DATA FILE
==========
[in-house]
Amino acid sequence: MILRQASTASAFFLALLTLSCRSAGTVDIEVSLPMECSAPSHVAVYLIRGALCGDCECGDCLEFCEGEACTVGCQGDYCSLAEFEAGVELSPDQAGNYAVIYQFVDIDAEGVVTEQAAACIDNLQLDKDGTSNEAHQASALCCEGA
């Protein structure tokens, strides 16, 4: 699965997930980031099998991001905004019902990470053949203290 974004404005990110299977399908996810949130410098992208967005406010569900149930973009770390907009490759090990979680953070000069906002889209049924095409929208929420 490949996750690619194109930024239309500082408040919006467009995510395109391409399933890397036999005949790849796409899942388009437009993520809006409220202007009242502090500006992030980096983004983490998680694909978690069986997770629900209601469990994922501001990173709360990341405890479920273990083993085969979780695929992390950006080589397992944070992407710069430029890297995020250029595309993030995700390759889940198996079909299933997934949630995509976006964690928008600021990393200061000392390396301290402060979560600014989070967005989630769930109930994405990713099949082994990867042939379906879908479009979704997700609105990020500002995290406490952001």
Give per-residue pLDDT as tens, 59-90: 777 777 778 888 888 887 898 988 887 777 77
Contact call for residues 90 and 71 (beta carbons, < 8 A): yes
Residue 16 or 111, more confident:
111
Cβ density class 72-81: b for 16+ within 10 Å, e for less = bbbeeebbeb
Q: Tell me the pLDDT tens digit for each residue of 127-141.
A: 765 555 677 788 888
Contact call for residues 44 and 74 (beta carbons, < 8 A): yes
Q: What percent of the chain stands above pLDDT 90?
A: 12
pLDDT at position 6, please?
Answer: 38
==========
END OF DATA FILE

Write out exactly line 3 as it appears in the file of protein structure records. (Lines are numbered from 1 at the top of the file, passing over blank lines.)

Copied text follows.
């Protein structure tokens, strides 16, 4: 699965997930980031099998991001905004019902990470053949203290 974004404005990110299977399908996810949130410098992208967005406010569900149930973009770390907009490759090990979680953070000069906002889209049924095409929208929420 490949996750690619194109930024239309500082408040919006467009995510395109391409399933890397036999005949790849796409899942388009437009993520809006409220202007009242502090500006992030980096983004983490998680694909978690069986997770629900209601469990994922501001990173709360990341405890479920273990083993085969979780695929992390950006080589397992944070992407710069430029890297995020250029595309993030995700390759889940198996079909299933997934949630995509976006964690928008600021990393200061000392390396301290402060979560600014989070967005989630769930109930994405990713099949082994990867042939379906879908479009979704997700609105990020500002995290406490952001």